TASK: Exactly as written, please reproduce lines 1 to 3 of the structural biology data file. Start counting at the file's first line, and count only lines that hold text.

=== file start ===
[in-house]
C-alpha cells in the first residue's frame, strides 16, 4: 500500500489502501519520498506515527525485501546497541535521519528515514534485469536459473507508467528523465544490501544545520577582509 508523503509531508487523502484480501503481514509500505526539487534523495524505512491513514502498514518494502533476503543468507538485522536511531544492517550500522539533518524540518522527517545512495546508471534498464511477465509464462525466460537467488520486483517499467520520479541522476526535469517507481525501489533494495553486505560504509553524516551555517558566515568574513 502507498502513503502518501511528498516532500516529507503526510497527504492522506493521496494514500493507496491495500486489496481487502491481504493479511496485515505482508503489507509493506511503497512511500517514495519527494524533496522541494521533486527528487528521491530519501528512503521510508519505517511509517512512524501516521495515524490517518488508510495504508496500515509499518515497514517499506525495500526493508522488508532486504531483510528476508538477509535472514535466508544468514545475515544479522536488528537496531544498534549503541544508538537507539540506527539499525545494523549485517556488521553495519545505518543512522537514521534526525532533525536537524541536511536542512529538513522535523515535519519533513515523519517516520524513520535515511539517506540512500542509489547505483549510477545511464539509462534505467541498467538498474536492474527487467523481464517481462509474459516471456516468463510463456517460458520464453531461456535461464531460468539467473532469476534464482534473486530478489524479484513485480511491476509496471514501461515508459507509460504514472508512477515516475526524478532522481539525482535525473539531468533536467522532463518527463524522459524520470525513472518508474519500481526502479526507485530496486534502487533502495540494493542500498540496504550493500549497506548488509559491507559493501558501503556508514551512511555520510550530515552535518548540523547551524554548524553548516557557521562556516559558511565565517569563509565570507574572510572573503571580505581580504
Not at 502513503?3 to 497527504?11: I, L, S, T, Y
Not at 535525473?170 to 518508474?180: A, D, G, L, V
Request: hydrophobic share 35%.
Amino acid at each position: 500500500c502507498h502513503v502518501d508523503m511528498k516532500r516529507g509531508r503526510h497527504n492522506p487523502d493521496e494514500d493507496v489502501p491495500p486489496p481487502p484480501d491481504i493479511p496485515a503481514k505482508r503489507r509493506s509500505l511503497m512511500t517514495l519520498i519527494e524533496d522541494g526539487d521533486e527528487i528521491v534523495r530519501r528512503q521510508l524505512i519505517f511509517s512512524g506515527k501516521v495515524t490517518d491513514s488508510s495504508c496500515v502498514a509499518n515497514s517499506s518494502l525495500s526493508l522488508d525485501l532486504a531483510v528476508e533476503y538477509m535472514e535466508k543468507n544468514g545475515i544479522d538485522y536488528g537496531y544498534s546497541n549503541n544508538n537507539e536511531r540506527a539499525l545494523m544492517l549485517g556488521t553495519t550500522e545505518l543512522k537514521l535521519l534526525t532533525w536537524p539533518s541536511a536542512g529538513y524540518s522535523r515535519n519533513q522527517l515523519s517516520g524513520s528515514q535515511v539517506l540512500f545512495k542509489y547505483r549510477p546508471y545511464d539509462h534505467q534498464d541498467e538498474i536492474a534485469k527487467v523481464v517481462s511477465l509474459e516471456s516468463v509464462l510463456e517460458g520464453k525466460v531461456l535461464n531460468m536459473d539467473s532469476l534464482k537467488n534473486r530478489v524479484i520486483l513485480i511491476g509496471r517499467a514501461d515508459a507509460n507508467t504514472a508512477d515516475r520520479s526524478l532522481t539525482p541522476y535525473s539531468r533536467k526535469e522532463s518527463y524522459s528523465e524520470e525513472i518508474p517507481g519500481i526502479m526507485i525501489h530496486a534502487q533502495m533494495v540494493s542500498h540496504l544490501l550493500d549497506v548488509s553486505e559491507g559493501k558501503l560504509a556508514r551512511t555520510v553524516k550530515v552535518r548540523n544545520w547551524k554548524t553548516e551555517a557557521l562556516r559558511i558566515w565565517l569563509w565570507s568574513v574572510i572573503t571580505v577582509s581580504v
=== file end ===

[in-house]
C-alpha cells in the first residue's frame, strides 16, 4: 500500500489502501519520498506515527525485501546497541535521519528515514534485469536459473507508467528523465544490501544545520577582509 508523503509531508487523502484480501503481514509500505526539487534523495524505512491513514502498514518494502533476503543468507538485522536511531544492517550500522539533518524540518522527517545512495546508471534498464511477465509464462525466460537467488520486483517499467520520479541522476526535469517507481525501489533494495553486505560504509553524516551555517558566515568574513 502507498502513503502518501511528498516532500516529507503526510497527504492522506493521496494514500493507496491495500486489496481487502491481504493479511496485515505482508503489507509493506511503497512511500517514495519527494524533496522541494521533486527528487528521491530519501528512503521510508519505517511509517512512524501516521495515524490517518488508510495504508496500515509499518515497514517499506525495500526493508522488508532486504531483510528476508538477509535472514535466508544468514545475515544479522536488528537496531544498534549503541544508538537507539540506527539499525545494523549485517556488521553495519545505518543512522537514521534526525532533525536537524541536511536542512529538513522535523515535519519533513515523519517516520524513520535515511539517506540512500542509489547505483549510477545511464539509462534505467541498467538498474536492474527487467523481464517481462509474459516471456516468463510463456517460458520464453531461456535461464531460468539467473532469476534464482534473486530478489524479484513485480511491476509496471514501461515508459507509460504514472508512477515516475526524478532522481539525482535525473539531468533536467522532463518527463524522459524520470525513472518508474519500481526502479526507485530496486534502487533502495540494493542500498540496504550493500549497506548488509559491507559493501558501503556508514551512511555520510550530515552535518548540523547551524554548524553548516557557521562556516559558511565565517569563509565570507574572510572573503571580505581580504
Not at 502513503?3 to 497527504?11: I, L, S, T, Y